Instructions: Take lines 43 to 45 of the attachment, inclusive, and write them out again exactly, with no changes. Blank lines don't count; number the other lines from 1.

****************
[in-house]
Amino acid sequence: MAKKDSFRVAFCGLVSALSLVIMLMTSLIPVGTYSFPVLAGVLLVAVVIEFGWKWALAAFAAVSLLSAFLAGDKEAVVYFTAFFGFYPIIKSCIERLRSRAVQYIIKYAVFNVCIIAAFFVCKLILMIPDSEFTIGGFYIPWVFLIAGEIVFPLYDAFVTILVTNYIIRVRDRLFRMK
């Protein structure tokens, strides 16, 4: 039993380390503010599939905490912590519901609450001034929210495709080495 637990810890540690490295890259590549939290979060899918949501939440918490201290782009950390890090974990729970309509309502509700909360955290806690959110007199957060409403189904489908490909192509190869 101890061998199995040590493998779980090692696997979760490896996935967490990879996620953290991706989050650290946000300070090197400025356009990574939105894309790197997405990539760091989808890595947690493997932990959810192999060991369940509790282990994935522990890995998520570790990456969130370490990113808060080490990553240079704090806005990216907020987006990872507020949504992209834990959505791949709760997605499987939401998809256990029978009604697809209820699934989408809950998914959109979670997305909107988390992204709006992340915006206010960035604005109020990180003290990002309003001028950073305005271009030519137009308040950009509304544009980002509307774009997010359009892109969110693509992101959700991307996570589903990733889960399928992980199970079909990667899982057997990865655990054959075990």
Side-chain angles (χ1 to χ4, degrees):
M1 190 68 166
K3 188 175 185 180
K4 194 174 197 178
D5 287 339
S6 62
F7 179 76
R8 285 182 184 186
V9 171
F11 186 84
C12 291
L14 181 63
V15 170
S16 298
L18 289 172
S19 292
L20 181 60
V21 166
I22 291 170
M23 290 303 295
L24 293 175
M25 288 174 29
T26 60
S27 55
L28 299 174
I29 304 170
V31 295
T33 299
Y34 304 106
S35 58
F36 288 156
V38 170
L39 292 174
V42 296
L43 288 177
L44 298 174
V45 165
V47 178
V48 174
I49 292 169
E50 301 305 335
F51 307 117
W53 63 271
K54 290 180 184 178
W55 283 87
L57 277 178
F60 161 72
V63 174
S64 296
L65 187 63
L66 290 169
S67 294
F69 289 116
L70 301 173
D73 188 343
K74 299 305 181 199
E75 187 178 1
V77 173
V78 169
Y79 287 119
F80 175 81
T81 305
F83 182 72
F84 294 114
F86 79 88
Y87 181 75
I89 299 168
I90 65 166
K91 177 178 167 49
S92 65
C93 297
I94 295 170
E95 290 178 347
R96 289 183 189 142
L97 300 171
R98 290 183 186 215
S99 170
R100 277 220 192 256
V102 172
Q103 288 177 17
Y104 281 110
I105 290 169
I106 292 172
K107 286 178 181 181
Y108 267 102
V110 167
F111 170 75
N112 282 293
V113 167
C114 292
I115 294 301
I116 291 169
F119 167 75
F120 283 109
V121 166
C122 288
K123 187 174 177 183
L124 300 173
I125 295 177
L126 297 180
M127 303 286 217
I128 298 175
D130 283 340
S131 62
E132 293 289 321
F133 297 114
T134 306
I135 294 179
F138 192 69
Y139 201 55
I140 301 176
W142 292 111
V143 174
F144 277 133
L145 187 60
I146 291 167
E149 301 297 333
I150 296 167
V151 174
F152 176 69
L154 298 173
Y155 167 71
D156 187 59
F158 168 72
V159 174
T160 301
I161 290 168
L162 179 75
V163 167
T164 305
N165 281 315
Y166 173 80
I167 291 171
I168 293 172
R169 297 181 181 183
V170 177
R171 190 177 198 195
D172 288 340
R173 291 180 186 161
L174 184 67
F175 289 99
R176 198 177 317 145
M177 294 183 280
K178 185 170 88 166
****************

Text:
I49 292 169
E50 301 305 335
F51 307 117